There has been a lot of discussion about authoritarianism in Australia this year. When I thought about writing about this topic, the first thing I did was to work out what authoritarianism means.
Authoritarianism, principle of blind submission to authority, as opposed to individual freedom of thought and action. In government, authoritarianism denotes any political system that concentrates power in the hands of a leader or a small elite that is not constitutionally responsible to the body of the people. Authoritarian leaders often exercise power arbitrarily and without regard to existing bodies of law, and they usually cannot be replaced by citizens choosing freely among various competitors in elections. The freedom to create opposition political parties or other alternative political groupings with which to compete for power with the ruling group is either limited or nonexistent in authoritarian regimes.
Authoritarianism thus stands in fundamental contrast to democracy. It also differs from totalitarianism, however, since authoritarian governments usually have no highly developed guiding ideology, tolerate some pluralism in social organization, lack the power to mobilize the entire population in pursuit of national goals, and exercise power within relatively predictable limits. Examples of authoritarian regimes, according to some scholars, include the pro-Western military dictatorships that existed in Latin America and elsewhere in the second half of the 20th century.Encyclopedia Britannica – Authoritarianism
If we accept this definition, I would argue that Australia’s political systems are not concentrating excessive amounts of power in the hands of one leader or a small elite. I will accept the argument that in some regards, certain powers are being exercised arbitrarily and without regard to existing bodies of law. The freedom to create opposition political parties may have been reduced but it has not been limited that much to cause significant problems.
So why is this a question?
The reason that this has become a question is because laws have been passed that seem to contradict what should be their ideology. I’m going to look at each issue individually and look at them in terms of this definition.
Refugees and Immigration
The Coalition has leaned into its traditional strength of border security whenever it talks about refugee policy (or as it likes to refer to them as, illegal immigrants). Obviously, this ignores the much larger group of immigrants that fly into the country and then overstay their visas – this is specifically for those that arrive by boat.
However, the Australian Government is looking to make some changes – thanks to the Guardian for their article on one topic.
The Migration and Citizenship Legislation Amendment (Strengthening Information Provisions) Bill is currently before parliament’s intelligence and security committee, but the Guardian understands debate could be brought on before the end of the year.
The bill was tabled in response to a 2017 high court decision that found part of the Migration Act was unconstitutional because it allowed the minister to “shield” information from the high court in cases it was adjudicating.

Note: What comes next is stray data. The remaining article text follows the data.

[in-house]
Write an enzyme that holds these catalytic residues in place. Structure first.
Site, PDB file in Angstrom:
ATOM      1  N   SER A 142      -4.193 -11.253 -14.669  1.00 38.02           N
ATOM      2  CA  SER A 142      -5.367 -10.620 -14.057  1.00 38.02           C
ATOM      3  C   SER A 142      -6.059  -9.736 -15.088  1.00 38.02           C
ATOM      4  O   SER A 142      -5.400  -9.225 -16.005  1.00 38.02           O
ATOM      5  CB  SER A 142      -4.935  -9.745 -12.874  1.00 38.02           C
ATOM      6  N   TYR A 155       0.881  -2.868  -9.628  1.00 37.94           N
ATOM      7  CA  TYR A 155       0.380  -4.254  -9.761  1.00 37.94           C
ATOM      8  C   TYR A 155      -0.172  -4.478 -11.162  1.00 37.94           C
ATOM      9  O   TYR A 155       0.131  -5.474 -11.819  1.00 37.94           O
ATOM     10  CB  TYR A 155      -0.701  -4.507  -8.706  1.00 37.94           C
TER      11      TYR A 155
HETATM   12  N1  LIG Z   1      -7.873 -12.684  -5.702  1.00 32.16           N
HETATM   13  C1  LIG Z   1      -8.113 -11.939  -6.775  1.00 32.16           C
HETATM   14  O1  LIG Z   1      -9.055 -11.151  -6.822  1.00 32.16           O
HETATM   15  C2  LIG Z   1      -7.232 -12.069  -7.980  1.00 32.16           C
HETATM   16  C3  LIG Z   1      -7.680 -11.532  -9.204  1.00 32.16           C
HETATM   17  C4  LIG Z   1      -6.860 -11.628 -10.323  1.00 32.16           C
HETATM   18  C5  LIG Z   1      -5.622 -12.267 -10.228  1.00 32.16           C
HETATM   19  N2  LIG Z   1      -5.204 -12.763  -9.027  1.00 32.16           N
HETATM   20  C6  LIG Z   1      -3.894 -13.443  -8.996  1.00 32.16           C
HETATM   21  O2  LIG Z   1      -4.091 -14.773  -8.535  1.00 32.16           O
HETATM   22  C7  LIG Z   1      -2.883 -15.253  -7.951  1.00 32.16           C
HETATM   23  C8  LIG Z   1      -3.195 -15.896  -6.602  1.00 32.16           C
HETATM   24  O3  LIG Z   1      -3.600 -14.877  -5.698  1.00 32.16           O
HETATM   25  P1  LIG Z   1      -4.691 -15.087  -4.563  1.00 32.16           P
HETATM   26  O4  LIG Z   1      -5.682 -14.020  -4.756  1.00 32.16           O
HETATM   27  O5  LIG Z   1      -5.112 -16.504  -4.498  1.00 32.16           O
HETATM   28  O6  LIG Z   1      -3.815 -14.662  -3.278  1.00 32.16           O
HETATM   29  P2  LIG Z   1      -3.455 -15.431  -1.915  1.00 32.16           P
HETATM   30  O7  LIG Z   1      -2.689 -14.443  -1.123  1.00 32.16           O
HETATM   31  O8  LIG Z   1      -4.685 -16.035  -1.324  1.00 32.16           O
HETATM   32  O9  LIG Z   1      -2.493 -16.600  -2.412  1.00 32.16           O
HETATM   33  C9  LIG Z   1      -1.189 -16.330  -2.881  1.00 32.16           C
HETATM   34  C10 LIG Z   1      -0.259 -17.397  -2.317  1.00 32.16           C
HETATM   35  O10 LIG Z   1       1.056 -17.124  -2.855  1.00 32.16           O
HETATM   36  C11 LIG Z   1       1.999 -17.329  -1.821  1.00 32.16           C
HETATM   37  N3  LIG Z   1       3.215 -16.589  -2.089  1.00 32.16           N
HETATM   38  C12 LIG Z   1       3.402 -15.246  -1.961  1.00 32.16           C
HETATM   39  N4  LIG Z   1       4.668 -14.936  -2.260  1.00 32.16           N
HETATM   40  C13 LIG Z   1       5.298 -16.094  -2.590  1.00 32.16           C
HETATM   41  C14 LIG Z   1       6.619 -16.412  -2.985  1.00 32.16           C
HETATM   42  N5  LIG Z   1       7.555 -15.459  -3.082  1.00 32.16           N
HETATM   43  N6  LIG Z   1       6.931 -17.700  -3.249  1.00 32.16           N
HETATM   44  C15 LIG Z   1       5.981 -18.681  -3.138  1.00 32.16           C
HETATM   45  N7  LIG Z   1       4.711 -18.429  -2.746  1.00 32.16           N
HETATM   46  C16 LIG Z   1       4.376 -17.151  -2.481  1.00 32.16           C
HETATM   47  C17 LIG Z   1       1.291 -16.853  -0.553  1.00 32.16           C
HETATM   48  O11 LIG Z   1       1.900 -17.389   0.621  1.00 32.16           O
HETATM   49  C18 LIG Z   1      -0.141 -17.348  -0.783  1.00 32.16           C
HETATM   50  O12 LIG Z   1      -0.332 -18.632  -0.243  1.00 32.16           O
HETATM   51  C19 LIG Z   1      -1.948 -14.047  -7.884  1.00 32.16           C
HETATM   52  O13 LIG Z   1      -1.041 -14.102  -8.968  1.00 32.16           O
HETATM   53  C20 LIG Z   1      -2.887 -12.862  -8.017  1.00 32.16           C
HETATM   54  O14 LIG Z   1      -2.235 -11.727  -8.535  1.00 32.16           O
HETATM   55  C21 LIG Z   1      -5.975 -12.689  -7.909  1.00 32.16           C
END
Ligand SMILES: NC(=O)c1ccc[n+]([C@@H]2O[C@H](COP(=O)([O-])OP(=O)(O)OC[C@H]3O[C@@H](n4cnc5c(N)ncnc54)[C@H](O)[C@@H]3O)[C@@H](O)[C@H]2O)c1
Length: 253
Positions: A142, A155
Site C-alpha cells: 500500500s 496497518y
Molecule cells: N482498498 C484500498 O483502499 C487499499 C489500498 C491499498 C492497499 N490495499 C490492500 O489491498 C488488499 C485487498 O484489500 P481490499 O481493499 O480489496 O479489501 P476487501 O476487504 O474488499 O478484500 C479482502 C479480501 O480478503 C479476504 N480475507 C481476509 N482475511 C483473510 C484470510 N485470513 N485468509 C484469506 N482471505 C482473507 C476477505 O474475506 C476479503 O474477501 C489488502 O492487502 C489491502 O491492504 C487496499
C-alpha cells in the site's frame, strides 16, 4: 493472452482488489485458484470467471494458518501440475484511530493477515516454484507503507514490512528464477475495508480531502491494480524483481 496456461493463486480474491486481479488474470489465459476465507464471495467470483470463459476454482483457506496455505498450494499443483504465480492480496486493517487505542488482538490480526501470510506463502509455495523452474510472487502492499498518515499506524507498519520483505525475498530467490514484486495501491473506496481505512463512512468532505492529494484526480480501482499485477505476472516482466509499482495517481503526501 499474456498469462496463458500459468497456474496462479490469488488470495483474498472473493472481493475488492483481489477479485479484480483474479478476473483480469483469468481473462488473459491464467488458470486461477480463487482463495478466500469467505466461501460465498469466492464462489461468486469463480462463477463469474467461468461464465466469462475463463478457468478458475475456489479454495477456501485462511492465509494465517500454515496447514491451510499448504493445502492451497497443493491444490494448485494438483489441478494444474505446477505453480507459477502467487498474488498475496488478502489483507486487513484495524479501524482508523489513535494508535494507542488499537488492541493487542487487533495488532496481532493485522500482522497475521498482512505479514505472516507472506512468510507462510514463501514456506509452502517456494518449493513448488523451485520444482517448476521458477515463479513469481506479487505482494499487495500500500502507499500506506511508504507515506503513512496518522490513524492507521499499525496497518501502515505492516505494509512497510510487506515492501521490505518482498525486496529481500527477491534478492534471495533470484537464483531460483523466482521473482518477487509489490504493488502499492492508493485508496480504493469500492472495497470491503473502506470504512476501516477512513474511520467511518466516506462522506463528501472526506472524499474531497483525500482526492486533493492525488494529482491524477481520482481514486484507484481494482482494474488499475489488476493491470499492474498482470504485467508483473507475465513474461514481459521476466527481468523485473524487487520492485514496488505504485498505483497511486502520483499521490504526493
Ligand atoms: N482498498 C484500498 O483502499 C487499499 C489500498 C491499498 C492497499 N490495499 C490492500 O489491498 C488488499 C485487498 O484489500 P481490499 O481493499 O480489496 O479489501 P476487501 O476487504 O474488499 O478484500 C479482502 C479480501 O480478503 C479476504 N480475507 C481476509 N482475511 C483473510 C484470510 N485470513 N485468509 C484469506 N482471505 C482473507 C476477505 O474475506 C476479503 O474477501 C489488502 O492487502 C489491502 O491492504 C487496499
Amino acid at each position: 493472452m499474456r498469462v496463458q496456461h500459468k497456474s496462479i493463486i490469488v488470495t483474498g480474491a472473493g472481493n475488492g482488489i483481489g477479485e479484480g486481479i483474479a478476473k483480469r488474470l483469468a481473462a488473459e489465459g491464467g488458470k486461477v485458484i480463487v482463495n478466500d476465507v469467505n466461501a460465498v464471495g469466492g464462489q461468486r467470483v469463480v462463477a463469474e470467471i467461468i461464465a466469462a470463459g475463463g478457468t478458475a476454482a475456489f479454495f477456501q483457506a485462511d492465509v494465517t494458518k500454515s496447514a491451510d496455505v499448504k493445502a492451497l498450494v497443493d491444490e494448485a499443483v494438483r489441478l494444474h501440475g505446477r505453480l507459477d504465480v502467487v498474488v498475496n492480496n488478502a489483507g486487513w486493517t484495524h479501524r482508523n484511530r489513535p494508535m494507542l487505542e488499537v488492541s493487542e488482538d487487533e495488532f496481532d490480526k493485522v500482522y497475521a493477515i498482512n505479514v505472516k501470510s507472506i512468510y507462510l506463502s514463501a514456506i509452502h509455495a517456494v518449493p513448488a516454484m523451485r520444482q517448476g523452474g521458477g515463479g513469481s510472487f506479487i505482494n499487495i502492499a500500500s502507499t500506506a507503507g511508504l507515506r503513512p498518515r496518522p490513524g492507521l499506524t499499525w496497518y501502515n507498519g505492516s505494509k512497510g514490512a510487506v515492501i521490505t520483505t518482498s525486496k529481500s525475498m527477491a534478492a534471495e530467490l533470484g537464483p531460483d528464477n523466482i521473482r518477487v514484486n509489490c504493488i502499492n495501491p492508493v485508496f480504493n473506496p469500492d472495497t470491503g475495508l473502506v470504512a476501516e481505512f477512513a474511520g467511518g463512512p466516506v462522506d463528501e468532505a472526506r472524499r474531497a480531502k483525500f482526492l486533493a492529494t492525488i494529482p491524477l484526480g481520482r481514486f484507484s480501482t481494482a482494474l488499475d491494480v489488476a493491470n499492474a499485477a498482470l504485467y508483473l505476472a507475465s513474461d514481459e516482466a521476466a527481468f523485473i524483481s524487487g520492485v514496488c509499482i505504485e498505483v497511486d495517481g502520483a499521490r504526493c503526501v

Under the proposed law, anyone who disclosed “protected information” – even to the person against whom it was being used – outside limited exceptions could be jailed for two years.
Where a visa decision has been made using “protected information” from a law enforcement or intelligence agency, no tribunal or parliament would have the right to know the information the government was relying on.
And the courts’ use of the information would be strictly limited. They would be required to hold closed hearings – open only to parties who already hold the information – before deciding whether it could be disclosed further, including to the person whose visa has been cancelled.‘Authoritarian-style’ law would allow Australia to use secret evidence to deport migrants, Ben Doherty, The Guardian, 11 October 2021
Many are arguing that this is government overreach, and from my perspective it is a significant overreach. The article from the Guardian goes into great detail, with the risk of making people stateless being included.
By placing so much power in the Minister, it would give them significant power, far more power than they already have. Successive Coalition governments have expanded the power of the Minister, potentially leaving thousands of people at the mercy of an individual who does not know what is happening.
A perfect example of government overreach is with the Biloela family. The Murugappan family have been in and out of detention for years, including a period where the family were the only residents of the massive detention centre on Christmas Island. While the family is currently in Perth, the government argues that they should be returned to war-torn Sri Lanka, where their father would likely be killed due to his links (like many Tamil men) to the former separatist army, since defeated, the Liberation Tigers of Tamil Eelam (LTTE).
Most Australians would argue that this family should be allowed to stay permanently in Australia – they have served their time and were members of the Biloela community, a small town in Central Queensland. Many would argue they should be allowed to return there. The government would argue that this would result in a flood of asylum seekers, but that has not been proven.
COVID-19 and quarantine
State leaders have been the ones that have been accused of being authoritarian in the face of COVID-19. Restrictions on movement and mask mandates have been run by the states and territories, and for the most part, they were accepted at first. However, the longer the lockdowns progressed, the larger the protests got. State governments have sought help from the military to manage these issues, but as more states open up with the higher rates of vaccination, these pressures should ease.